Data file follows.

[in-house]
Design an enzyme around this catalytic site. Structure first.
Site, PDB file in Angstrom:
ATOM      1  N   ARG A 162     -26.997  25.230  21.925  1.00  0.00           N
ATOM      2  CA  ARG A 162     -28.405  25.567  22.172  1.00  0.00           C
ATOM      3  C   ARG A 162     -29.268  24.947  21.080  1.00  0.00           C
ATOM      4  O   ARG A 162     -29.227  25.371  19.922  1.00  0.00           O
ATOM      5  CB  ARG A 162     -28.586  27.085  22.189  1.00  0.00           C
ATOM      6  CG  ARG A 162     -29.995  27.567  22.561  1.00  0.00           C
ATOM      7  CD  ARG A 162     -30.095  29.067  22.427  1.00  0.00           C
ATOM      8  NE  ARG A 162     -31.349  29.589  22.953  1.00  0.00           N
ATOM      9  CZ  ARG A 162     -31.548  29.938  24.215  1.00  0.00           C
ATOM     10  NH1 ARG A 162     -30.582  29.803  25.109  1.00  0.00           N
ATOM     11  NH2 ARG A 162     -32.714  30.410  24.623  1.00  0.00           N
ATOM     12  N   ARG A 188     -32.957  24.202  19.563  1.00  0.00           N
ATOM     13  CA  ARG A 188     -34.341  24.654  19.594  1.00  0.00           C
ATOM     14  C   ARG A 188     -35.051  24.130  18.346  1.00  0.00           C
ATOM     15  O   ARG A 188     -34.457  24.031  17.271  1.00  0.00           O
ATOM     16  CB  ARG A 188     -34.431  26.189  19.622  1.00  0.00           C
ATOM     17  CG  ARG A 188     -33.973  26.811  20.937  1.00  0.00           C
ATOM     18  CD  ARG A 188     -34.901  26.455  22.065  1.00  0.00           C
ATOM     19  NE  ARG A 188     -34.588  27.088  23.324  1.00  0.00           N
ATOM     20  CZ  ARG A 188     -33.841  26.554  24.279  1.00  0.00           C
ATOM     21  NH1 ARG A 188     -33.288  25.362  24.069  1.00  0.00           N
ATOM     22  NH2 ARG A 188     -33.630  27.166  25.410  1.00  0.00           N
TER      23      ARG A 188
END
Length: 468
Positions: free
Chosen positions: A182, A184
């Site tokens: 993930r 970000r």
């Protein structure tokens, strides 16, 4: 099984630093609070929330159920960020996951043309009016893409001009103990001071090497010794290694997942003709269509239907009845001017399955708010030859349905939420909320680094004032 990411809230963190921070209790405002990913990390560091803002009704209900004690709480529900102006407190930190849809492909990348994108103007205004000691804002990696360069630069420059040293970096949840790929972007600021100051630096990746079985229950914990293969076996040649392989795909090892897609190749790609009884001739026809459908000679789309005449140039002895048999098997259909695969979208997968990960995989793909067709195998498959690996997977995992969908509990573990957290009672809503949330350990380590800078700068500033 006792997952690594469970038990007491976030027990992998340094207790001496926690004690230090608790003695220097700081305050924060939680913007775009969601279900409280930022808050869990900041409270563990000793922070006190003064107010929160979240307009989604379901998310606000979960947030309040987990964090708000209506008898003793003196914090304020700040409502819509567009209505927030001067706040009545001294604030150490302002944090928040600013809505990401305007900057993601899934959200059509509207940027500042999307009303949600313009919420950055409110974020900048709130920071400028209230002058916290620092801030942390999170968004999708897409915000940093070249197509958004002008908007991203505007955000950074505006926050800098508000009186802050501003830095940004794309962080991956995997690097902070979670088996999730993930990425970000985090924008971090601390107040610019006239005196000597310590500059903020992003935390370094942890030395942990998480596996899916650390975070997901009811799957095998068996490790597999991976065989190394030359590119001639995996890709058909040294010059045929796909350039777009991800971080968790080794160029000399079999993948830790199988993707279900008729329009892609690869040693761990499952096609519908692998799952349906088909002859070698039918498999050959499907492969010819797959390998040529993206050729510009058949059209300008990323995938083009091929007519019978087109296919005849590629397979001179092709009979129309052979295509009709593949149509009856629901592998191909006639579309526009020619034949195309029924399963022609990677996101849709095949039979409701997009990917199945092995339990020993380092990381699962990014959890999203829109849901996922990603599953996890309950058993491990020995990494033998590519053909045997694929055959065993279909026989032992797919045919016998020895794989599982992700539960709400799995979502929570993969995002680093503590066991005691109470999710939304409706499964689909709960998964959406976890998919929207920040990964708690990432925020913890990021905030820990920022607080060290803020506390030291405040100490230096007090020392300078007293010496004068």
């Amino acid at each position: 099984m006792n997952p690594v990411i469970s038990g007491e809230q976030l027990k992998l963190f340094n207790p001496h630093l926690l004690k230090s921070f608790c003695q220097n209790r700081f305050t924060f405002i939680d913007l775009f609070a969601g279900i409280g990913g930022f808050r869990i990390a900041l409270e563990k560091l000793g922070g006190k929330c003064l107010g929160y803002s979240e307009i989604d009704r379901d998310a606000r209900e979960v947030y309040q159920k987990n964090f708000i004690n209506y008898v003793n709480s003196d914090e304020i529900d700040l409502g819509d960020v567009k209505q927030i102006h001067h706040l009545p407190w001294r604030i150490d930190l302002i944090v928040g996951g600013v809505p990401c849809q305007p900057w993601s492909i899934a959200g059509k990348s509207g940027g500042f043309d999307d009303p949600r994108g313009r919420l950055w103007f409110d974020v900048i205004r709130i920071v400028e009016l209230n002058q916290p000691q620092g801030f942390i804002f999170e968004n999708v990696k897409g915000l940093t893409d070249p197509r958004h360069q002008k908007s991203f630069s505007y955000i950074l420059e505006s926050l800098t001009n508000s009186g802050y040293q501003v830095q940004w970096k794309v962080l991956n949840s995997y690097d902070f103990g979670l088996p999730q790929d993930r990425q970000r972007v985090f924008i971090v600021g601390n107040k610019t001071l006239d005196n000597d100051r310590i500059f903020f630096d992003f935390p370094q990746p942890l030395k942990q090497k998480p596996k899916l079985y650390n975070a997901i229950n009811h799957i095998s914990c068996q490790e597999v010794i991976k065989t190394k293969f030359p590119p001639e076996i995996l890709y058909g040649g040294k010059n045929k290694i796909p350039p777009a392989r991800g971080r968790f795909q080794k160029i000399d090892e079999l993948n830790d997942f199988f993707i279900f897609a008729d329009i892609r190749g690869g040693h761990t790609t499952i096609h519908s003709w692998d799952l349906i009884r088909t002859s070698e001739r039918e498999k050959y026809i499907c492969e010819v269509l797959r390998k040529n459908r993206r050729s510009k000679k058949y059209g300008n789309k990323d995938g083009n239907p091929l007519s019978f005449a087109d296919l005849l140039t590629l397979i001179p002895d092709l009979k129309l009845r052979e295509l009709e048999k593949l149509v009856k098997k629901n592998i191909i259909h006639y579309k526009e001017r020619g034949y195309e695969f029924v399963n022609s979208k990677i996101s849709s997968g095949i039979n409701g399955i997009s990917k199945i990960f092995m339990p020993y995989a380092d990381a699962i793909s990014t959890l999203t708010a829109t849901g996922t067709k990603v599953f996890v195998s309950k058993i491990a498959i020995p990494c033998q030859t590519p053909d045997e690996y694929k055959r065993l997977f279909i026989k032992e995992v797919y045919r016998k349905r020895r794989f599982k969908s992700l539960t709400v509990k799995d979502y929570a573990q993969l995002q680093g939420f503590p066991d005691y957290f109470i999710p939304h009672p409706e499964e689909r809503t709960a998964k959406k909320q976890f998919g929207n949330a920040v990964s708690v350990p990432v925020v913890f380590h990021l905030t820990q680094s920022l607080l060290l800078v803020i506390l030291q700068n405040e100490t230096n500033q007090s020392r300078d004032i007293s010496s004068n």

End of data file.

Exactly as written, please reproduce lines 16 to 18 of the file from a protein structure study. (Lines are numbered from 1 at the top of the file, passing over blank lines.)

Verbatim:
ATOM     13  CA  ARG A 188     -34.341  24.654  19.594  1.00  0.00           C
ATOM     14  C   ARG A 188     -35.051  24.130  18.346  1.00  0.00           C
ATOM     15  O   ARG A 188     -34.457  24.031  17.271  1.00  0.00           O